Essentially, this little book is a commentary on a statement made by theologian R.C. Sproul. It serves somewhat as a guide for scientists and theologians to come to terms when disagreements arise. The basic argument of the book is as follows:
1. All truth is God’s truth.
2. God reveals truth in two ways – General Revelation (nature/science) and Special Revelation (Word of God).
3. Both General and Special Revelation are infallible, however, they are both subject at times to fallible interpretations.
4. If a conflict between science and the Bible arises, it can only be one of three things – the scientist holds a flawed interpretation of his data, the theologian holds a flawed interpretation of Scripture, or both are wrong.
Mathison reminds the reader of the historical view of geocentrism and that many theologians (Calvin and Luther specifically) clung to a flawed interpretation of Scripture despite Copernicus proving them wrong. As such, it is possible for science, while interpreting infallible general revelation, to inform and educate the theologian. This point is made to argue for a generous relationship between science and theology. Too often, theologians assume the scientist is wrong while the scientist assumes the theologian is wrong – in reality, both scenarios are possible.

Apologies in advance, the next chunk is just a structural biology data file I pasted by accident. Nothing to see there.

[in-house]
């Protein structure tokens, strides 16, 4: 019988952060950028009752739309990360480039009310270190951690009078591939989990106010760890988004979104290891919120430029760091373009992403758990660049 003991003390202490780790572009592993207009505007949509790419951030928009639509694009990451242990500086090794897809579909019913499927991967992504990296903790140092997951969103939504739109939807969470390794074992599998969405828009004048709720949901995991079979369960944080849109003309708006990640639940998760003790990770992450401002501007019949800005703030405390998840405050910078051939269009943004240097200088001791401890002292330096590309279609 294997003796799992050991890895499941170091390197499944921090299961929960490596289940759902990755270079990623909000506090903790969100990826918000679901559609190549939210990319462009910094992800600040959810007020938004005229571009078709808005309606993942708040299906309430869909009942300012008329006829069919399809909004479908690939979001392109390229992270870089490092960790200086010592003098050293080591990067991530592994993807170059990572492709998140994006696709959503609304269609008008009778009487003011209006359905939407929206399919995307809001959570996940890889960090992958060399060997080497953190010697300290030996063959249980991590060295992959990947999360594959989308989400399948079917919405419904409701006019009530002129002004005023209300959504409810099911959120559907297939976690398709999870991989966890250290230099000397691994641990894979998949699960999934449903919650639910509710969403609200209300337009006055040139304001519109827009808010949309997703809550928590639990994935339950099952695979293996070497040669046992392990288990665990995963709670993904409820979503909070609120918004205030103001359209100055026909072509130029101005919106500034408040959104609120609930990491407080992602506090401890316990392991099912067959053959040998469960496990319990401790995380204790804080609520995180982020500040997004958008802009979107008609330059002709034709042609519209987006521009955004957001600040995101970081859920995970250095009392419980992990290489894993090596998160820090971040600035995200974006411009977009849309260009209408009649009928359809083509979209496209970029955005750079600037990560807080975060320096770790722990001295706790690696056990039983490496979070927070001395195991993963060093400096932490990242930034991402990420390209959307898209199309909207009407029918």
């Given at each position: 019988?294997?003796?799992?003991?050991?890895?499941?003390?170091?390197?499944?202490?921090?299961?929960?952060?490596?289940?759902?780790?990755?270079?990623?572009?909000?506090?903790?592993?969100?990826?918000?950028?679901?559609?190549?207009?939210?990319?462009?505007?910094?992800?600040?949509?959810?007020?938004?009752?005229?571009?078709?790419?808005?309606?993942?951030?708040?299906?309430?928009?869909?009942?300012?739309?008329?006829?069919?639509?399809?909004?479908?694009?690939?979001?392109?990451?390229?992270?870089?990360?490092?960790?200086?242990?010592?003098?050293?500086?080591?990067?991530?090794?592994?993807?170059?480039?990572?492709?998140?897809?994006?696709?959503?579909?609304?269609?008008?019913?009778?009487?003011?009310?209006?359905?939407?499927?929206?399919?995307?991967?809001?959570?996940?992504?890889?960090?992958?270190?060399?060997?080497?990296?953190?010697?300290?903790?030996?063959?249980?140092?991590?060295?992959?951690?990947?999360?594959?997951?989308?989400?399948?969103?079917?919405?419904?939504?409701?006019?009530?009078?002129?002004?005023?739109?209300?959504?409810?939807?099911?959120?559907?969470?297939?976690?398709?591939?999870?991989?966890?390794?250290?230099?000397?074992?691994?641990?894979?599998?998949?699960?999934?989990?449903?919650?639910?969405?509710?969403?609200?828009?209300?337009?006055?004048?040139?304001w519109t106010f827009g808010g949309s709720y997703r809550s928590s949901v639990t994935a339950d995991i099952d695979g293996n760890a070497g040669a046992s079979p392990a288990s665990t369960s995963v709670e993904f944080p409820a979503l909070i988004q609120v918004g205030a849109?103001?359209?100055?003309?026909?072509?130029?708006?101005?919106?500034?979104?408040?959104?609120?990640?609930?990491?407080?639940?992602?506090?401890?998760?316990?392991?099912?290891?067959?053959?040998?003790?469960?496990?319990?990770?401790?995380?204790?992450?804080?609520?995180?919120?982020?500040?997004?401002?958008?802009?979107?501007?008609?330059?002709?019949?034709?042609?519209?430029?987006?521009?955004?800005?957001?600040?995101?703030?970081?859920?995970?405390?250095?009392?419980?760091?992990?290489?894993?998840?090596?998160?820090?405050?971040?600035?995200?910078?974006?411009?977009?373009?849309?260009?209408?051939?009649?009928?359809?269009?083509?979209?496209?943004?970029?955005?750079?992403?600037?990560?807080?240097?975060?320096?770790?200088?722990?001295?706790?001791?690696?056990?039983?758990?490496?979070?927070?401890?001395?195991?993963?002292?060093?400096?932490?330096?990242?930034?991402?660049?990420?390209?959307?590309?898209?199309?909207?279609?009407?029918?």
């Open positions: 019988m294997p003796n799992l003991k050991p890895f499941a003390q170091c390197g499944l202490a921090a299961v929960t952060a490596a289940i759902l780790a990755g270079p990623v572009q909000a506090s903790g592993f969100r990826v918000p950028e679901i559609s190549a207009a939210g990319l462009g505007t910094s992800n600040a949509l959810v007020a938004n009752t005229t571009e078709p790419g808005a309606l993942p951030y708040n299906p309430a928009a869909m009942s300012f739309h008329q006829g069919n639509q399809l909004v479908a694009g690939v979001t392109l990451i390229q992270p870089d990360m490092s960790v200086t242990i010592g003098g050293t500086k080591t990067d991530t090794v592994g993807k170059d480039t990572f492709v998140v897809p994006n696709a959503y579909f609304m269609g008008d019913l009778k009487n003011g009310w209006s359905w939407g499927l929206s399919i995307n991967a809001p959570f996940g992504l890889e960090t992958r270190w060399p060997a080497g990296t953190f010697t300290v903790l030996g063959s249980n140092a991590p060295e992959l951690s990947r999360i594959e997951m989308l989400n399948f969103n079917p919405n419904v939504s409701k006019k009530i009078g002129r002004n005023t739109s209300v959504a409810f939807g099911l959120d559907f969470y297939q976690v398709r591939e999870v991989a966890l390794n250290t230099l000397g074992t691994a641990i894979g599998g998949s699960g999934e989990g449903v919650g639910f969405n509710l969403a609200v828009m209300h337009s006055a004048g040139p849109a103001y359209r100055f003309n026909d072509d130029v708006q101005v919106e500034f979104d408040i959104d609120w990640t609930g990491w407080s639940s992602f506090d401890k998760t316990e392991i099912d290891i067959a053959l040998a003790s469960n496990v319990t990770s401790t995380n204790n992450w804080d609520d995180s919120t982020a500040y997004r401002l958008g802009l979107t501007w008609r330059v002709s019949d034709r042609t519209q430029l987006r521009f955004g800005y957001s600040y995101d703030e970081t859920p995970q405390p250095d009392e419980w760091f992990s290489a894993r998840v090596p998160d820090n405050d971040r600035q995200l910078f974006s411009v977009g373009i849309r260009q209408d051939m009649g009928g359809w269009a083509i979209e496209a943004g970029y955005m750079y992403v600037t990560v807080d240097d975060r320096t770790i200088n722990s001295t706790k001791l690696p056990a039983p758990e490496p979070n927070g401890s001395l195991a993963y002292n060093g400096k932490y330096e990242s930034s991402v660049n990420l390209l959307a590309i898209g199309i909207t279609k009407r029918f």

The author does remind the reader that in cases where science seems to directly contradict God’s Word, it is God’s Word that gets the nod. However, the theologian must be sure of his interpretation before taking a stand.
I would have rated this little book higher had the author applied its principles to the arguments concerning evolution. Rather, Mathison applies his principals to the age of the universe. It was interesting, but it left me wanting more. It does, however, serve as a decent introduction to the subject of science and religion.